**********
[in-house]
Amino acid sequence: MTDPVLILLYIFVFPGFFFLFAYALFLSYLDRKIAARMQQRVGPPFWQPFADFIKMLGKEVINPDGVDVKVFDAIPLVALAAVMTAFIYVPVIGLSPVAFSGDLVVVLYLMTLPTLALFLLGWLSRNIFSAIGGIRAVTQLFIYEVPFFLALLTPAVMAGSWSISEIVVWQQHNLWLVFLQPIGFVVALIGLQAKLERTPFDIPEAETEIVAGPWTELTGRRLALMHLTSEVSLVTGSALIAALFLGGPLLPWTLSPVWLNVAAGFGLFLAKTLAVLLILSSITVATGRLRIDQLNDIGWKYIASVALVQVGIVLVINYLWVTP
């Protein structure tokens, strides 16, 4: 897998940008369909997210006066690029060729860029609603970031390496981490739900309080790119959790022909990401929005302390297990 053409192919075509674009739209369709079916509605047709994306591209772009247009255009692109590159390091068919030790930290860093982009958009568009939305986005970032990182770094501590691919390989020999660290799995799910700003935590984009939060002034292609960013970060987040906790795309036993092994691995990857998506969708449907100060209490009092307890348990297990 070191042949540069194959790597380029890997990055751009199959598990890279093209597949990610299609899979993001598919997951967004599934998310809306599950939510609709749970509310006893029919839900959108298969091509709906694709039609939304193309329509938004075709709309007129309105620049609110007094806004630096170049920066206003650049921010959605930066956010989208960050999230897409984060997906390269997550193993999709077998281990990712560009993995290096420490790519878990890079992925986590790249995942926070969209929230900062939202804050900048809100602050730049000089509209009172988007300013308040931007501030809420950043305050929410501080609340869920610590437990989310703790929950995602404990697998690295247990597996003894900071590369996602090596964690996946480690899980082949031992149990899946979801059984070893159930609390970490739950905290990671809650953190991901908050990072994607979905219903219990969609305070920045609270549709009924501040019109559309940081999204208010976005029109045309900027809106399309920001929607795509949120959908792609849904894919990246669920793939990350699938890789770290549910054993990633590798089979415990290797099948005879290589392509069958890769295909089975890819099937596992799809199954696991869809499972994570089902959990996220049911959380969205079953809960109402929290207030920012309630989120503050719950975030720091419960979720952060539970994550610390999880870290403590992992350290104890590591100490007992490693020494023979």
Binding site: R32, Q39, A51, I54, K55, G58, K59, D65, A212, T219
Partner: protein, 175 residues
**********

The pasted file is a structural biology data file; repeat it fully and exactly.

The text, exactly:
[in-house]
Amino acid sequence: MTDPVLILLYIFVFPGFFFLFAYALFLSYLDRKIAARMQQRVGPPFWQPFADFIKMLGKEVINPDGVDVKVFDAIPLVALAAVMTAFIYVPVIGLSPVAFSGDLVVVLYLMTLPTLALFLLGWLSRNIFSAIGGIRAVTQLFIYEVPFFLALLTPAVMAGSWSISEIVVWQQHNLWLVFLQPIGFVVALIGLQAKLERTPFDIPEAETEIVAGPWTELTGRRLALMHLTSEVSLVTGSALIAALFLGGPLLPWTLSPVWLNVAAGFGLFLAKTLAVLLILSSITVATGRLRIDQLNDIGWKYIASVALVQVGIVLVINYLWVTP
């Protein structure tokens, strides 16, 4: 897998940008369909997210006066690029060729860029609603970031390496981490739900309080790119959790022909990401929005302390297990 053409192919075509674009739209369709079916509605047709994306591209772009247009255009692109590159390091068919030790930290860093982009958009568009939305986005970032990182770094501590691919390989020999660290799995799910700003935590984009939060002034292609960013970060987040906790795309036993092994691995990857998506969708449907100060209490009092307890348990297990 070191042949540069194959790597380029890997990055751009199959598990890279093209597949990610299609899979993001598919997951967004599934998310809306599950939510609709749970509310006893029919839900959108298969091509709906694709039609939304193309329509938004075709709309007129309105620049609110007094806004630096170049920066206003650049921010959605930066956010989208960050999230897409984060997906390269997550193993999709077998281990990712560009993995290096420490790519878990890079992925986590790249995942926070969209929230900062939202804050900048809100602050730049000089509209009172988007300013308040931007501030809420950043305050929410501080609340869920610590437990989310703790929950995602404990697998690295247990597996003894900071590369996602090596964690996946480690899980082949031992149990899946979801059984070893159930609390970490739950905290990671809650953190991901908050990072994607979905219903219990969609305070920045609270549709009924501040019109559309940081999204208010976005029109045309900027809106399309920001929607795509949120959908792609849904894919990246669920793939990350699938890789770290549910054993990633590798089979415990290797099948005879290589392509069958890769295909089975890819099937596992799809199954696991869809499972994570089902959990996220049911959380969205079953809960109402929290207030920012309630989120503050719950975030720091419960979720952060539970994550610390999880870290403590992992350290104890590591100490007992490693020494023979």
Binding site: R32, Q39, A51, I54, K55, G58, K59, D65, A212, T219
Partner: protein, 175 residues